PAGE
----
Andrew will continue updating the @nmsarchaeology Twitter account as LHAP progress is made. The NMS Archaeology Twitch channel will also be used for “ridealongs” during excavation/survey days. Andrew will also be the key contact for updating the Galactic Hub community on reddit on progress, and for sharing data.
Many of the current Galactic Hub members used to live in the Legacy Hub and are curious as to what happened to their worlds, bases, etc. Once a world has been documented, that world’s original human inhabitant should be contacted to give an oral history of its settlement along with a description of its original environment, ecosystem, and landscape. This data should also be available through the Galactic Hub’s public-facing wiki.
Because Andrew is using Drogradur/Lennon for his PhD thesis at York, he will be publishing his work on this planet separately and independently from the rest of LHAP (although he will share his data right away). For ethics reasons, he will not be teaming up with other LHAP members and will not use volunteers for his work on the Legacy Hub’s homeworld.
All other LHAP data and reports will be consolidated into one or more articles each year for peer-reviewed publication in an academic journal. All LHAP team members who created reports used in the articles will receive author credit.
This project plan will be posted for public review and comment for a period of two weeks, ending on November 18, 2017. Following that, the project plan will be revised and then enacted, posted publicly online and shared with anyone who wishes to participate in the project.
To make the most efficient use of your time in the Legacy Hub, you will need to claim a habitable base within the hub. Do not claim a base on a world that has been visited by another player. There are literally hundreds of systems in the Legacy Hub that have not been explored. Choose a new planet on which to settle, and use that as a base camp.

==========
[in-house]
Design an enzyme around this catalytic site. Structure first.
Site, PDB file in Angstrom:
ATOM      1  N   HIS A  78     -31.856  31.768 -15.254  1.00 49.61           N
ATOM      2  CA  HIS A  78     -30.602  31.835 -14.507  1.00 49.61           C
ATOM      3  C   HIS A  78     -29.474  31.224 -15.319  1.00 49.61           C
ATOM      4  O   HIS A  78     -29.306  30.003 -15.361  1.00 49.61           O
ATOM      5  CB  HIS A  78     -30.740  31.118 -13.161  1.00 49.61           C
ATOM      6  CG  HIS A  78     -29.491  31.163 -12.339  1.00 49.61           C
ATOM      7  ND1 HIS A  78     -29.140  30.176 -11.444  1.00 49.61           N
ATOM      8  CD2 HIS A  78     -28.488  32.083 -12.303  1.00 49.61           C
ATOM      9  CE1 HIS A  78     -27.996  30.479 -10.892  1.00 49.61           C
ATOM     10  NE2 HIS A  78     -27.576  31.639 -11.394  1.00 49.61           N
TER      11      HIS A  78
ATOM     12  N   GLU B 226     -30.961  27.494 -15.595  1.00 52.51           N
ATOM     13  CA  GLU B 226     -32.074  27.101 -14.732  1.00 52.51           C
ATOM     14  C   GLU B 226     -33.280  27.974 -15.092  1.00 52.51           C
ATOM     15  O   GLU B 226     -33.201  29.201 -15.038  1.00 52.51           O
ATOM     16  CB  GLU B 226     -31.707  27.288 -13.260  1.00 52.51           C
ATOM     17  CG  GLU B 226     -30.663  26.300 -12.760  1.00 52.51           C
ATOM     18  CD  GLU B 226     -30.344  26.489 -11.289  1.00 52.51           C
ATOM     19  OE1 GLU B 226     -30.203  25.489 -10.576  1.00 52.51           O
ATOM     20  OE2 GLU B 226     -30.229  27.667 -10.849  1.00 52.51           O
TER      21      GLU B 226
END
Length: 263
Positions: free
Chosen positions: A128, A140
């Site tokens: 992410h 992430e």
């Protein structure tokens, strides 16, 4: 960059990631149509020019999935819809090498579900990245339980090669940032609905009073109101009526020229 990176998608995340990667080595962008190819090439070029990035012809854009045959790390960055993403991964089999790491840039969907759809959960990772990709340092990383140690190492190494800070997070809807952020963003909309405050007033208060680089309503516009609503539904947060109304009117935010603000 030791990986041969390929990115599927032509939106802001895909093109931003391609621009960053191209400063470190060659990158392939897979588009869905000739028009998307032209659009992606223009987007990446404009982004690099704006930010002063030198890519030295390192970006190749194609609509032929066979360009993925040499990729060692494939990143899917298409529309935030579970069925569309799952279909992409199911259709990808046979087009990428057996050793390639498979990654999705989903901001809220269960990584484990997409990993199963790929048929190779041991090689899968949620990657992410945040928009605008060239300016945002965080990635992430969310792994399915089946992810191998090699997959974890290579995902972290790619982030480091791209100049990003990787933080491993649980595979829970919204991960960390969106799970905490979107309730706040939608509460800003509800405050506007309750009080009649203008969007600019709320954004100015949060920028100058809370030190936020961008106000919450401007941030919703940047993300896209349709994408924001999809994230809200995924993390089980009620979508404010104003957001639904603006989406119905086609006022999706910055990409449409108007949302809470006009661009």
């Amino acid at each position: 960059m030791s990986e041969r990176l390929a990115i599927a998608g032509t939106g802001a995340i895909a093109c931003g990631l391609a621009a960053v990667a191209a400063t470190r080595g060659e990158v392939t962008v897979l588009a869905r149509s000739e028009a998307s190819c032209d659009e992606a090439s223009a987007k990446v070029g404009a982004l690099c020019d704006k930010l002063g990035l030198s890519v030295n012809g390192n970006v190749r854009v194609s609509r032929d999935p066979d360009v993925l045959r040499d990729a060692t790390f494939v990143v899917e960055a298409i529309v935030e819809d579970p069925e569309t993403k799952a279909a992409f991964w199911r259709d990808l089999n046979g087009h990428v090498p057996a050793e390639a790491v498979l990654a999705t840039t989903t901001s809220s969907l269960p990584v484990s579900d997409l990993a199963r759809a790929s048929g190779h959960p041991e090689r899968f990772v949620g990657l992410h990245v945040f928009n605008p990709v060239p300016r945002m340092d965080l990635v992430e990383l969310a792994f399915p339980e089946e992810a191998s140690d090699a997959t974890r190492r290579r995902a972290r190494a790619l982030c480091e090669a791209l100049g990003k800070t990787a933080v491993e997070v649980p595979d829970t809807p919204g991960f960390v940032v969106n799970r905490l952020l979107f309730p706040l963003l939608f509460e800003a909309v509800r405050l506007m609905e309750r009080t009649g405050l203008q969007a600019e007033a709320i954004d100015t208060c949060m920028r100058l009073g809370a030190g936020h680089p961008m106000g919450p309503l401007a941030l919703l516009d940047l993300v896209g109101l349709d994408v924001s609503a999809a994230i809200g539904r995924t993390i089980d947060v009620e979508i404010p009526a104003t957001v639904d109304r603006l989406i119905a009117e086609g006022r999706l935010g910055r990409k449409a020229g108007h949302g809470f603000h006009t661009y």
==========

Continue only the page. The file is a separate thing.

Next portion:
The Legacy Hub lies over 600,000 light-years away from the center of the Euclid galaxy. With average warp drives capable of making 500–1,500 light-years in a trip (your mileage may vary), the pilgrimage is a long one, even if you decide to play “black hole roulette” in an attempt to shortcut the journey. With NMS version 1.3, there is another, quicker way to arrive on Drogradur: portals.
Portals existed in NMS from the beginning, but only became active with the Atlas Rises update. Members of the Galactic Hub posted the portal address of the capital world on their wiki shortly thereafter. In order to travel to Drogradur by portal, however, players must complete the game’s “Traveller” quest line, and then collect all 16 glyphs in order to punch in the address at a portal’s terminal. It took me about 20 hours of gameplay to collect all 16 glyphs (later versions of 1.3 “nerfed” the ability to return to the same Traveller to receive multiple glyphs), but this method was considerably faster than warping 300,000 light-years from my current location to the Hub. Once I arrived and received permission to build on Drogradur, I was able to import some of my original base materials, plus my Nomad exocraft, and later my spaceship. Here’s the strategy I used to make the trip and set up the excavation house: